Blockchain Blockchain is a decentralised digital technology that is designed to securely store data in a way where hacking and compromising is not easy like on current mediums and variants of the Internet. It is best known for its use in cryptocurrencies like Bitcoin and Ethereum, where it is used to store and transfer digital currencies in a secure and transparent way.

How is Web3 different from Web2?

  • Centralisation vs. Decentralisation: Web2 is centralised, meaning that data is stored on centralised servers owned and controlled by large corporations. In contrast, Web3 is decentralised, meaning that data is stored on a decentralised network of computers that are owned and controlled by the users themselves.
  • Intermediaries vs peer-to-peer: Web2 relies heavily on intermediaries such as banks, social media platforms, and online marketplaces to facilitate transactions and interactions. Web3 enables peer-to-peer transactions and interactions, meaning that users can transact directly with one another without the need for intermediaries like banks.
  • Data ownership and control: In Web2, large corporations like Facebook and Google have significant control over user data and can monetise it in ways that users may not be comfortable with. In Web3, users can choose to share data only with those they trust. In Web2, users must trust intermediaries to keep their data and transactions secure. In Web3, users can trust the network itself to keep their data and transactions secure.

Nuclear Power

In News

  • Germany has switched off its three remaining nuclear power plants as part of a long-planned transition toward renewable energy.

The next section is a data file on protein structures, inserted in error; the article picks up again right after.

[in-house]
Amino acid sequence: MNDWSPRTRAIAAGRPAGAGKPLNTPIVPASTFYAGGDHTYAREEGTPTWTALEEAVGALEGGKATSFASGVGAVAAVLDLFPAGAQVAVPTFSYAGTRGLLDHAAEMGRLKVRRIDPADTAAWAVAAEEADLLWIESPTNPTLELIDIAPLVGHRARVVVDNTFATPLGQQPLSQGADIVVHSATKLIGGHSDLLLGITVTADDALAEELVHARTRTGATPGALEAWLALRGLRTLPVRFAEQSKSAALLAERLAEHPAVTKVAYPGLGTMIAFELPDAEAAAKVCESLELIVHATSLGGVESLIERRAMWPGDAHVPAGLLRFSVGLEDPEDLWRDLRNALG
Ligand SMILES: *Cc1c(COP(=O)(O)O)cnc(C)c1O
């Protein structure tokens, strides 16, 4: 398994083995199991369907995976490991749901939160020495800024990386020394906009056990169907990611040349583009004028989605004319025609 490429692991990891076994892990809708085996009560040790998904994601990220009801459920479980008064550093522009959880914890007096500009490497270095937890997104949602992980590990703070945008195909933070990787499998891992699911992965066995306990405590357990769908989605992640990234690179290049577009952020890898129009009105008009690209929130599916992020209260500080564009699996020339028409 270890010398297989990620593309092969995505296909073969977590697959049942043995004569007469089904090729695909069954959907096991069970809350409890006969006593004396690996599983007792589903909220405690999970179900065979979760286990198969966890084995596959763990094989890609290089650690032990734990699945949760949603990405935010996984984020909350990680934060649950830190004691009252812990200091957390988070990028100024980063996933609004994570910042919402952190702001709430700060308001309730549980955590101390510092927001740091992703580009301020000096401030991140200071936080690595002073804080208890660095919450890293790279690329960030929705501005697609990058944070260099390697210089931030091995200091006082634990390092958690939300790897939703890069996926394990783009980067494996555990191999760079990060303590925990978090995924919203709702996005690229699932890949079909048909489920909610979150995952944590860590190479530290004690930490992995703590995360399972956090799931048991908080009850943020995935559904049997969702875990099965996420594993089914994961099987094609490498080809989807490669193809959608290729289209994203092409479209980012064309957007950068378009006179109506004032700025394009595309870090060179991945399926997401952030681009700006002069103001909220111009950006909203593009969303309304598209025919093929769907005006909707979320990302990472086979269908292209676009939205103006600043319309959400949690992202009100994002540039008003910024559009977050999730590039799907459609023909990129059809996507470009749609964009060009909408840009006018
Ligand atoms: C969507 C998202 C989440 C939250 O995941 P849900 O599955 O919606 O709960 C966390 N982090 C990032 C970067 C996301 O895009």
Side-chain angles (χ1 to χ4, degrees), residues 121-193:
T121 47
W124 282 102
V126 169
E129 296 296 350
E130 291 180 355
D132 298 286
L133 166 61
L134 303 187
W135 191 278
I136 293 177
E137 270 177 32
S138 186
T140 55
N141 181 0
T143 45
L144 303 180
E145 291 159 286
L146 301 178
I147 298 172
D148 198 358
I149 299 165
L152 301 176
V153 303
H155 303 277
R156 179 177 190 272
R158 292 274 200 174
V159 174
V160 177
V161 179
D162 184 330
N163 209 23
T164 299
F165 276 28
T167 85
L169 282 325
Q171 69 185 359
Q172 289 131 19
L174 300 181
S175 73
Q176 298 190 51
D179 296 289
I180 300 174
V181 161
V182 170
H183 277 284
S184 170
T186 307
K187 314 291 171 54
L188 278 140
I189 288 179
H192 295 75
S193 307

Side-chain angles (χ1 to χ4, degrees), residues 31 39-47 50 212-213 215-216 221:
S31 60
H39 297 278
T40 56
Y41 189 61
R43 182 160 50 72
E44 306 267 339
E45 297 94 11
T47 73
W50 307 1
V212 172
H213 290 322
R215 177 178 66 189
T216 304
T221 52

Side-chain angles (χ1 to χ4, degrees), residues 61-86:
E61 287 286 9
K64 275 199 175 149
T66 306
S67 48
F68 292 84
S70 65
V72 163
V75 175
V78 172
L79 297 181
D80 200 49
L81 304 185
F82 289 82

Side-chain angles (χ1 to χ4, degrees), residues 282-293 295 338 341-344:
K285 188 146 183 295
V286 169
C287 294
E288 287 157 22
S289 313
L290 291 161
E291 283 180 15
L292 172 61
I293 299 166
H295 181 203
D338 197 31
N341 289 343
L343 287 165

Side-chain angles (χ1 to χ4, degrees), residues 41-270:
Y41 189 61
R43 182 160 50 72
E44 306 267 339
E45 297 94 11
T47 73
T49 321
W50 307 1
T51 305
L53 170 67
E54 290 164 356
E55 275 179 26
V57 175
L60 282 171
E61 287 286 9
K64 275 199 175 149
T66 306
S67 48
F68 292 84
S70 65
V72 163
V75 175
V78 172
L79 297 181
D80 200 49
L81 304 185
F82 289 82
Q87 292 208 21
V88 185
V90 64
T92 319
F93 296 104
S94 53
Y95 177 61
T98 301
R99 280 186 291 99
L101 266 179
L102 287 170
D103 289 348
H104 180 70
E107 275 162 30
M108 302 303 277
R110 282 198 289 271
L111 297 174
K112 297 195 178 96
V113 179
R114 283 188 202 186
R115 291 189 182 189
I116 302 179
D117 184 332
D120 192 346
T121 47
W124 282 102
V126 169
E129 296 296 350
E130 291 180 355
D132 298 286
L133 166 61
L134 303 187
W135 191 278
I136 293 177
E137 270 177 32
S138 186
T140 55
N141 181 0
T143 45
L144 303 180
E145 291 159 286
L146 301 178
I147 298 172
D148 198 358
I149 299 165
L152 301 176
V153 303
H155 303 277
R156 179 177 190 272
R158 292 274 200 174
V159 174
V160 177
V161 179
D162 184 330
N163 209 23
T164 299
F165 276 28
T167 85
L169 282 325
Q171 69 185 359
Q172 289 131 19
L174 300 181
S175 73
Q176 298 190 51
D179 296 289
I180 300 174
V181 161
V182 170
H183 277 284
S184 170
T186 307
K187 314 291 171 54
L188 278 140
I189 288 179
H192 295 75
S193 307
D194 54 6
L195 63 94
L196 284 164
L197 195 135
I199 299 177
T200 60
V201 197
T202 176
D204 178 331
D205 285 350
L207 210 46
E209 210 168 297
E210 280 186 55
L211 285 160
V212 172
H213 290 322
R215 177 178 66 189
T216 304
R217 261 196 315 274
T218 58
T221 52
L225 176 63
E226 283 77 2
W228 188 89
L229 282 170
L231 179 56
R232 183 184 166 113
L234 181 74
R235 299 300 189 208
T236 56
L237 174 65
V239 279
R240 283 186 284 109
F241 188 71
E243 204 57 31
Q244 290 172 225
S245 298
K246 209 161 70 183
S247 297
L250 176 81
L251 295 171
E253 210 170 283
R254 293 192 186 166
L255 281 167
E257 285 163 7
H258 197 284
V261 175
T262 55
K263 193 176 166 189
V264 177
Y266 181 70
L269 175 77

Timeline for the Transition of Germany

  • Followed by the disasters like at Three Mile Island, Chernobyl and Fukushima Germany faced decades of anti-nuclear protests which pressured successive governments to end the use of a technology.
  • During the Chernobyl reactor accident, Germany was hit by radioactive fallout. A reactor accident would make large parts of the country uninhabitable. Also, radioactive waste management is still unsolved in Germany.
  • In light of this in 2011, the nuclear phase-out law was passed with a broad, nonpartisan majority.
  • As energy prices spiked last year due to the war in Ukraine, the closing of the nuclear plants as planned on Dec. 31, 2022 was extended and the final shutdown happened on April 15.
  • The European country is focused on building out its wind and solar energy production. By 2030, Germany aims to generate 80 percent of its electricity from renewable energy sources like wind and solar.

Global Scenario of Nuclear Power Generation

  • The first commercial nuclear power stations started operation in the 1950s.
  • Nuclear energy now provides about 10% of the world’s electricity from about 440 power reactors.
  • Nuclear is the world’s second largest source of low-carbon power (26% of the total in 2020). 
  • Over 50 countries utilize nuclear energy in about 220 research reactors. In addition to research, these reactors are used for the production of medical and industrial isotopes, as well as for training.


  • According to the new projections by the International Atomic Energy Agency (IAEA) the electricity generation will increase by 85% over the next three decades. Nuclear energy could contribute about 14% of global electricity by 2050, up from its 10% share today. 
  • Coal remains the dominant energy source for electricity production but has gradually decreased a few percentage points since 1980. 
  • In recent years, the share of solar and wind has undergone a rapid increase, rising from less than 1% in 1980 to 9% in 2021.
  • In its high case scenario, the IAEA now sees world nuclear generating capacity more than doubling to 873 gigawatts net electrical (GW(e)) by 2050, compared with current levels of around 390 GW(e). In the low case scenario, generating capacity remains essentially flat.
  • The annual outlook identifies climate change mitigation and energy security as key drivers of decisions to continue or expand the use of nuclear power, citing recent events such as the COVID-19 pandemic, geopolitical tensions and military conflict in Europe as having impacted the reliability of energy systems, impeded energy flows across regions and led to significant increases in energy prices.